Nistenhaus Design recently renovated a historic home in the heart of St. Louis’ Lafayette Square neighborhood that’s moody and modern, yet also pays perfect homage to the home.
“The house itself informed a lot of the design decisions,” says Nistenhaus principal designer Michael Wyrock. “Ultimately, we all wanted to be mindful that this was a 100-year-old house and something that really should be respected, but that the clients didn’t want to live in a museum either.”
Achieving the renovation of this handsome 6,800-square-foot abode, though, was no easy feat.
“As we were touring the property, it was very much derelict,” Wyrock says. “A lot of water damage; the wallcoverings were all kind of hanging off the wall; there was debris everywhere. It pretty much looked like someone had been living there one day, and then just wasn’t.”
Wyrock recalls one room even having a hole in the wall that allowed water to trickle in and a tiny tree to take root in the floor.
“Even though it had a lot of issues that happened because of water, a lot of the woodwork, original trim work and molding was all in pretty amazing condition still and just needed to be readdressed,” Wyrock says. “It had obvious potential.”
Shoring up the roof started the same time as the design and planning process began, approximately a year before any real interior work began.
“Sometimes it feels like we aren’t moving fast enough, but that’s not to say we aren’t making progress,” Wyrock says. “We went through multiple iterations of the floor plan itself until we landed on the most appropriate one.”
Although nearly all rooms in the residence were rehabbed, the kitchen received substantial attention by upgrading the layout and finishes, all while staying in the original footprint.
“This was a doctor’s home, so the original kitchen had been converted over for him to be able to do whatever he needed from the medical side of things,” Wyrock says. “We modified all of that, so the new kitchen, more or less, went back to where the original kitchen was. The stand-in kitchen for when the doctor was there is now a pantry, but they actually use it when they entertain for more of a bar area.”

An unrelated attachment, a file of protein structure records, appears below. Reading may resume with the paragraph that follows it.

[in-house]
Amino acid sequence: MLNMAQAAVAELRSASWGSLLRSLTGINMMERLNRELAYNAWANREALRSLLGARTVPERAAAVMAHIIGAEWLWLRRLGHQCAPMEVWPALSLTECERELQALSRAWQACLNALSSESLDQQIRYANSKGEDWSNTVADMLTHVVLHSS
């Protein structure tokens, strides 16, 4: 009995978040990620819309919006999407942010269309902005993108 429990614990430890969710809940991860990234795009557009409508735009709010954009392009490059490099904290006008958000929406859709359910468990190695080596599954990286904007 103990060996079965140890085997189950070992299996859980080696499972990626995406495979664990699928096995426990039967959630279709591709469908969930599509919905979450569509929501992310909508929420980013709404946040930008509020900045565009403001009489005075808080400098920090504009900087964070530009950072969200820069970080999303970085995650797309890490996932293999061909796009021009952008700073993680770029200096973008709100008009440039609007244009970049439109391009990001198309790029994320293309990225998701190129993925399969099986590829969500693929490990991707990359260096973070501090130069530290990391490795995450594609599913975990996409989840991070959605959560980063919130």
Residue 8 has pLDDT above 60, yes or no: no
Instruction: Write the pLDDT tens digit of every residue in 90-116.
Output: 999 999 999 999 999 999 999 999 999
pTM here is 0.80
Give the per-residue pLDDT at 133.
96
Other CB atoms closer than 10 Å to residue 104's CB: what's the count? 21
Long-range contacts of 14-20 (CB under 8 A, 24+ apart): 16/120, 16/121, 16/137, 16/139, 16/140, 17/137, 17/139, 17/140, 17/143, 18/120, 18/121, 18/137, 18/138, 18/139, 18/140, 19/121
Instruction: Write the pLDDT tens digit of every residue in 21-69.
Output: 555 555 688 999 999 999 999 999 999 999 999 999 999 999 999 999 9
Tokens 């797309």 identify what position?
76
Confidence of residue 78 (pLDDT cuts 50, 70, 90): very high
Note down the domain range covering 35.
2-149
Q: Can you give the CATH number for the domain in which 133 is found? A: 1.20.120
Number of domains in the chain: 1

The new kitchen features ivory cabinets as the perimeter, beautiful tilework and deep gray touches that paired well with the original red-toned wood.
“We had to go with something that played with the trim work that is much redder, much warmer and basically a major component,” Wyrock says. “For a lot of the color scheme in the kitchen, we had to consider, ‘OK, we have this beautiful coppery tone, and we’ve taken that color and put that on the ceilings and on walls in other rooms, but in the kitchen, we want to make it more airy and light like the bright kitchens that everyone enjoys.’”
Glass knobs in an amber hue adorn the cabinets, which also set a certain nuance in the stunning space.
“It brings in a rusty red tone that I feel is modern and fresh but still feels slightly traditional,” Wyrock says. “It really looks beautiful – especially as the light hits it.”
The new master bathroom on the second floor was created from the ground up, from the bones of a former front parlor. Door locations were reworked to create a real master suite.
“On that level, there wasn’t really a true master,” Wyrock says. “The client obviously wanted to have a true master with a closet and a true master bath, so we actually took the first room you walk into when you reach the second floor, which likely would have been a parlor that had a fireplace, and we turned that into the master bathroom.”
The bathroom in question is a moody marvel.
“It is so silly to say, but it is just such a sexy bathroom,” Wyrock says. “I think that’s partially because of all of the design details where you have to look closely.”
Such items include the copper penny tile floor in the shower, the classic claw-foot tub, the elegant green glazed tile in the stunning stand-in shower that also accents the fabulous fireplace.
“The bathroom specifically seems like it transcends time from old to new, and that was something we were really happy to be able to accomplish in that space,” Wyrock says. “The material palette itself was something Justin [Maine, Nistenhaus principal designer] and I are really proud of. The kitchen, too. I think we ultimately ended up getting it just right.”
Nistenhaus Design, 2118 Cherokee St., St. Louis, 314-553-9245, nistenhaus.com
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